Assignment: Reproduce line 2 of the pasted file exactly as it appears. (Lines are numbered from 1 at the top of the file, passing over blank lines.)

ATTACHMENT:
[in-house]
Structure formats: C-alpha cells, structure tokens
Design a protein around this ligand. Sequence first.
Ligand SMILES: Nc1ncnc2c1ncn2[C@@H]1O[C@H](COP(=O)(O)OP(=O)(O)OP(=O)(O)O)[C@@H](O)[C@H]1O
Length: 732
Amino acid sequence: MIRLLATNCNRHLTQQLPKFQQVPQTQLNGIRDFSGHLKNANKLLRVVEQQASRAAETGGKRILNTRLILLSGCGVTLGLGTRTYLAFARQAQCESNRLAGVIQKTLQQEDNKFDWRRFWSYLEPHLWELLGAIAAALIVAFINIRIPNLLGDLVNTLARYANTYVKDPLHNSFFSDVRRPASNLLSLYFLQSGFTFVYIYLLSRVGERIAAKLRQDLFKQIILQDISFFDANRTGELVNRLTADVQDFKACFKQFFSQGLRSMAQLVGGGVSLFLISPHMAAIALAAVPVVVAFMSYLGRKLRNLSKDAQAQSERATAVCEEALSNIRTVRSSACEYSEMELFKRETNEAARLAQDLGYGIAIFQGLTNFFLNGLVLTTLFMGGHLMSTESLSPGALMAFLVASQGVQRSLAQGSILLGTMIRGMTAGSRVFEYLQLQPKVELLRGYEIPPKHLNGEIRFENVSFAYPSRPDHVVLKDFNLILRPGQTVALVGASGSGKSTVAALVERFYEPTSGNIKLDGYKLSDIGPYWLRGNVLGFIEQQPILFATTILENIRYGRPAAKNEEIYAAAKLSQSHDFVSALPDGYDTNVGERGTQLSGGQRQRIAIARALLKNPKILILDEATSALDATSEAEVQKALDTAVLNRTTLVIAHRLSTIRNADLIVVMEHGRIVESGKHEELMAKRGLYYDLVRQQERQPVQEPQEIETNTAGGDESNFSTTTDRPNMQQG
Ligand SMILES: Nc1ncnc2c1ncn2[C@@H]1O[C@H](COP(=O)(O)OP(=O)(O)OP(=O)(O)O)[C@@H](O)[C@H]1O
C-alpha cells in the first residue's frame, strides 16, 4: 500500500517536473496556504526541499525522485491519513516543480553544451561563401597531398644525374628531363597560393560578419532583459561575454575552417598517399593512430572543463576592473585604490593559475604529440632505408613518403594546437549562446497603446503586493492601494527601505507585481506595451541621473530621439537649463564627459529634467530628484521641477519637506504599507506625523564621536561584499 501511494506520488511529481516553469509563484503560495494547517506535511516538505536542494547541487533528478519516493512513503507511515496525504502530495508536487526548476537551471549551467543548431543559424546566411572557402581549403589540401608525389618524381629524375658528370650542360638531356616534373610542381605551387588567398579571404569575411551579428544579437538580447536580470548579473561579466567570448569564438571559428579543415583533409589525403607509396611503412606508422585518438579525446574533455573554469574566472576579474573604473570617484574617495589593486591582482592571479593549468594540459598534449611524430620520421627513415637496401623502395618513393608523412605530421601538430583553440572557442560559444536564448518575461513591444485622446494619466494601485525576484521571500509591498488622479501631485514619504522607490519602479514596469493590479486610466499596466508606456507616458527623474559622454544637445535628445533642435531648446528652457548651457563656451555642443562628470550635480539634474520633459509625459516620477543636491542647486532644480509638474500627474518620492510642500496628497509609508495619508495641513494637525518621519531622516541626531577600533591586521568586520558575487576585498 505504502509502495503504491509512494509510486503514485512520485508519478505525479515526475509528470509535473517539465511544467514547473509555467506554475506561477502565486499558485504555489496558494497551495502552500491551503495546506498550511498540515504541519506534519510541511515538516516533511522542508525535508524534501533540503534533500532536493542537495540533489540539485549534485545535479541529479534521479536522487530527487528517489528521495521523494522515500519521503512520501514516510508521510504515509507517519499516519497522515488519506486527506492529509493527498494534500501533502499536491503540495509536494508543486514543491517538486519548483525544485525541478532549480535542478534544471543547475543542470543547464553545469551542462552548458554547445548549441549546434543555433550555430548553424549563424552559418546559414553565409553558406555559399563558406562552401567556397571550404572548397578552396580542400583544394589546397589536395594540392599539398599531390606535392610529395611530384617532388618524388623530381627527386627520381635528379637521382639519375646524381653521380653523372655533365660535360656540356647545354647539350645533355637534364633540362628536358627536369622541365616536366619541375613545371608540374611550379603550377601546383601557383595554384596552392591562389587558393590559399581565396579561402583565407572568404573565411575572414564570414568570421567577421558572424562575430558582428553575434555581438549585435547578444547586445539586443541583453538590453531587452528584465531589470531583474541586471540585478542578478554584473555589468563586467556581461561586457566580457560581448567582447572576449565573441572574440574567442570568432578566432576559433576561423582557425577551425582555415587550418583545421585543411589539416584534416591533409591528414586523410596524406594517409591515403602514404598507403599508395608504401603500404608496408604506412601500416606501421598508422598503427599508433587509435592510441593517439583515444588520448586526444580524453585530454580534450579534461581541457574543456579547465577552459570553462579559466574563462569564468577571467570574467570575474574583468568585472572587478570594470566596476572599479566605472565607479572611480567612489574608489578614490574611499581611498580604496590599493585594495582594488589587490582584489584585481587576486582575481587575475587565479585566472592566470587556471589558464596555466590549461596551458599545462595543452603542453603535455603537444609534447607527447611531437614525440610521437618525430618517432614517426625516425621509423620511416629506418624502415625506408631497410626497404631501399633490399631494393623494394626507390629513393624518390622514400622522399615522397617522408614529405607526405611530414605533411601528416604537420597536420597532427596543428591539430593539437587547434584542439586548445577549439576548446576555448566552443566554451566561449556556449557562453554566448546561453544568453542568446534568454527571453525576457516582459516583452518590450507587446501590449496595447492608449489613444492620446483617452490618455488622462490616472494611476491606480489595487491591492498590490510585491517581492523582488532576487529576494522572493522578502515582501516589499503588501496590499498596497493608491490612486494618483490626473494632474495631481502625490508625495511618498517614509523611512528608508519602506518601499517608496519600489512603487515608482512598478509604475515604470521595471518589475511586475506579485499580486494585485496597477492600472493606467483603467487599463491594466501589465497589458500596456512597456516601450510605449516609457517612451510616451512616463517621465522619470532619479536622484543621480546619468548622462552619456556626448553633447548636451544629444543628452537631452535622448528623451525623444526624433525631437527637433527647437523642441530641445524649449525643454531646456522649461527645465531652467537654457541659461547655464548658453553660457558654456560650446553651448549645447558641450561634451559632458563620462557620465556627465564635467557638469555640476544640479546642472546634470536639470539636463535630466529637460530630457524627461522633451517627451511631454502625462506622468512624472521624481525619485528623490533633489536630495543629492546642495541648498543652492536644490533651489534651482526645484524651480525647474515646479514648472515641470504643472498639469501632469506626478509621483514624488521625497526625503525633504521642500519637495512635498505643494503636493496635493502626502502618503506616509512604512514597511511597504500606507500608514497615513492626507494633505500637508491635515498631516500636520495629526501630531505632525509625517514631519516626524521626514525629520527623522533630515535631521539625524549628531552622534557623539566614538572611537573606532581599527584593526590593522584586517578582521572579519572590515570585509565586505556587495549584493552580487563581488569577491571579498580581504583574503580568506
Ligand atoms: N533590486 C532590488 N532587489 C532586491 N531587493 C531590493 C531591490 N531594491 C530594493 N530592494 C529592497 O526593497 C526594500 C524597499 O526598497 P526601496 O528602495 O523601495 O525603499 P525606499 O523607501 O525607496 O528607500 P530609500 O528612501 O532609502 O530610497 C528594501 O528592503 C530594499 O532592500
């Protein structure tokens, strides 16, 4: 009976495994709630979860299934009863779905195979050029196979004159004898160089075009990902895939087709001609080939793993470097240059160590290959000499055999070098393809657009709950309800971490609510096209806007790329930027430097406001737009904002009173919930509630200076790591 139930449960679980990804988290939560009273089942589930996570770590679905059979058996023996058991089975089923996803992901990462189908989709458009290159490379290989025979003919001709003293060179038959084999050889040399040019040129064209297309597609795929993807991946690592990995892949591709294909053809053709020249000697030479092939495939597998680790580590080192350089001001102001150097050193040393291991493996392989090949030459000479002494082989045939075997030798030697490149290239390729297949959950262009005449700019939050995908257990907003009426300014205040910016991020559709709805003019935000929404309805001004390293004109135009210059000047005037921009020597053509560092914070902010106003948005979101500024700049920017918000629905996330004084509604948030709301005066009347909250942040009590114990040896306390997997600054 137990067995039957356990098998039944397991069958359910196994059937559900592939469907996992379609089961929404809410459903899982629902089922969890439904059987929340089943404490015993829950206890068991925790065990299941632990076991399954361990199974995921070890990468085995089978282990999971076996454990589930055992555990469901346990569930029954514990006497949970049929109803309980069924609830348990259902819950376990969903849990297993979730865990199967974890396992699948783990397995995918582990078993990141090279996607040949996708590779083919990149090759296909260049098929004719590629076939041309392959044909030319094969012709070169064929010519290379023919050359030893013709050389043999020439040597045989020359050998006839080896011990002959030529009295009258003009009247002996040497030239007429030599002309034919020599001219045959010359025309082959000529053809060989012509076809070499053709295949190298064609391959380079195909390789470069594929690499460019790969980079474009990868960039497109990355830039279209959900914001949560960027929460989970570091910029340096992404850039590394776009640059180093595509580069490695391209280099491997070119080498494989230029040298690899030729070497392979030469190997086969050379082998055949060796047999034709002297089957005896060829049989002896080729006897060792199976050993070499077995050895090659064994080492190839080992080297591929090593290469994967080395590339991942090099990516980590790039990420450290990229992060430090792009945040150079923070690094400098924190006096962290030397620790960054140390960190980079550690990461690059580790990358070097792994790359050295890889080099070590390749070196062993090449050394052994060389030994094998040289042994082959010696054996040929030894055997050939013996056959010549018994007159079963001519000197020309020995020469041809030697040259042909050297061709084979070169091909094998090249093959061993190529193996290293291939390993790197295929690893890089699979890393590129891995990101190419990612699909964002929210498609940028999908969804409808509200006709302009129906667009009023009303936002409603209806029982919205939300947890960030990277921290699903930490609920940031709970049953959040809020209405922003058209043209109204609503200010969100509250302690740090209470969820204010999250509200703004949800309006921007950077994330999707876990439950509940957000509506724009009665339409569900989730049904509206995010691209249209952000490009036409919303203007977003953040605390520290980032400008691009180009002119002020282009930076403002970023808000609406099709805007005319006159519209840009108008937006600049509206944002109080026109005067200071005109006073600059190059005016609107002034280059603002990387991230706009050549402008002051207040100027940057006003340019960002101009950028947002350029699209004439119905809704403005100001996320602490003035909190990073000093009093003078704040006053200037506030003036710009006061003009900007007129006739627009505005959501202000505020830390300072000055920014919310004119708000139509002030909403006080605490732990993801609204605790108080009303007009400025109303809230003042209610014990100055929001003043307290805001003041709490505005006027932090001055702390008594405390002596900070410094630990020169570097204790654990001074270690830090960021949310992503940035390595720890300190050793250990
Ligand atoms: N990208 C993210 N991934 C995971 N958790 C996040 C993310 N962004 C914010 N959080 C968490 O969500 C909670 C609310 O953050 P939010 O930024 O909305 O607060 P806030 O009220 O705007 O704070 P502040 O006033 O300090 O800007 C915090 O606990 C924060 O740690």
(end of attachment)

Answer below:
Structure formats: C-alpha cells, structure tokens